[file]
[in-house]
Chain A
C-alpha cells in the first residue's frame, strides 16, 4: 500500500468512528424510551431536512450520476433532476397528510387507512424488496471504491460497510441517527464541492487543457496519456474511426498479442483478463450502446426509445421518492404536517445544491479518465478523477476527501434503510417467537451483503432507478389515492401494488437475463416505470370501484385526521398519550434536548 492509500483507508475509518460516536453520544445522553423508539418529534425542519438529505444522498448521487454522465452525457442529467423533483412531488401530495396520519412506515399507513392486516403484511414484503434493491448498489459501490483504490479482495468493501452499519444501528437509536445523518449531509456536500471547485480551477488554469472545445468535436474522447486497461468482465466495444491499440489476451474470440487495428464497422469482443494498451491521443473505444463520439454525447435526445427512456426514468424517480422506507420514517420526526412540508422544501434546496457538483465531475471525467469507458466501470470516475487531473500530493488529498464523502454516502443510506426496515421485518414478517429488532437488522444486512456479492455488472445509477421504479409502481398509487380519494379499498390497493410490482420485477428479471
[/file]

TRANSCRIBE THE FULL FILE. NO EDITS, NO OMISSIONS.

[in-house]
Chain A
C-alpha cells in the first residue's frame, strides 16, 4: 500500500468512528424510551431536512450520476433532476397528510387507512424488496471504491460497510441517527464541492487543457496519456474511426498479442483478463450502446426509445421518492404536517445544491479518465478523477476527501434503510417467537451483503432507478389515492401494488437475463416505470370501484385526521398519550434536548 492509500483507508475509518460516536453520544445522553423508539418529534425542519438529505444522498448521487454522465452525457442529467423533483412531488401530495396520519412506515399507513392486516403484511414484503434493491448498489459501490483504490479482495468493501452499519444501528437509536445523518449531509456536500471547485480551477488554469472545445468535436474522447486497461468482465466495444491499440489476451474470440487495428464497422469482443494498451491521443473505444463520439454525447435526445427512456426514468424517480422506507420514517420526526412540508422544501434546496457538483465531475471525467469507458466501470470516475487531473500530493488529498464523502454516502443510506426496515421485518414478517429488532437488522444486512456479492455488472445509477421504479409502481398509487380519494379499498390497493410490482420485477428479471